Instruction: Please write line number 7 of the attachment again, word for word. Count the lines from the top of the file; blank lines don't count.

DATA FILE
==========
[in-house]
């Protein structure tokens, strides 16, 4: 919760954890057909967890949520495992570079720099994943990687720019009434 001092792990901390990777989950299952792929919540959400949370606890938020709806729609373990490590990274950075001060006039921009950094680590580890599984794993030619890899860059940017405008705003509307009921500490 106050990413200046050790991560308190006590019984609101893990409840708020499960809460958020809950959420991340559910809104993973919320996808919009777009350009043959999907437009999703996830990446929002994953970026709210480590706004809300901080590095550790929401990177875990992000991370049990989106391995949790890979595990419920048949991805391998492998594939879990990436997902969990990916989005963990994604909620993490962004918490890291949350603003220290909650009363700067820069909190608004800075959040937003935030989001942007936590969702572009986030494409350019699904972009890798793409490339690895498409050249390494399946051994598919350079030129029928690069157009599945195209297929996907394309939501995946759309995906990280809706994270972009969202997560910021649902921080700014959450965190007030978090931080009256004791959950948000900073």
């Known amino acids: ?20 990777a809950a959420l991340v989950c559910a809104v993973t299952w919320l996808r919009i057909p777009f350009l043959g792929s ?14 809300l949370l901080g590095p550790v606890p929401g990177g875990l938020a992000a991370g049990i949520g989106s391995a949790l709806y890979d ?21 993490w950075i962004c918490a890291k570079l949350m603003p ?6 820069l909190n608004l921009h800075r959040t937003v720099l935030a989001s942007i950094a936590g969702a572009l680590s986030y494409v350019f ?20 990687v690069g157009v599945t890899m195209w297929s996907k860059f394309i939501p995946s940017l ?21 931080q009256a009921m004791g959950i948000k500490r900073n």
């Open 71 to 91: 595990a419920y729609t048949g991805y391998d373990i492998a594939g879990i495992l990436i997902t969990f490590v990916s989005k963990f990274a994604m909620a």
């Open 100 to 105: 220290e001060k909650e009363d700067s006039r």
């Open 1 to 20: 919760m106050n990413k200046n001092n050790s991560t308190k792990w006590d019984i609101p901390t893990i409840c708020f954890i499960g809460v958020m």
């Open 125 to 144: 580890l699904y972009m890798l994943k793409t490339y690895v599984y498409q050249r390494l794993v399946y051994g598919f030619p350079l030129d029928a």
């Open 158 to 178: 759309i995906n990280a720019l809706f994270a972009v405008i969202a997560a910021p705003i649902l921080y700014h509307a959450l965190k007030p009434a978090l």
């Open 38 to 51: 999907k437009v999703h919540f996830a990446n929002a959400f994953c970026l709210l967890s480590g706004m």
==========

């Open 125 to 144: 580890l699904y972009m890798l994943k793409t490339y690895v599984y498409q050249r390494l794993v399946y051994g598919f030619p350079l030129d029928a």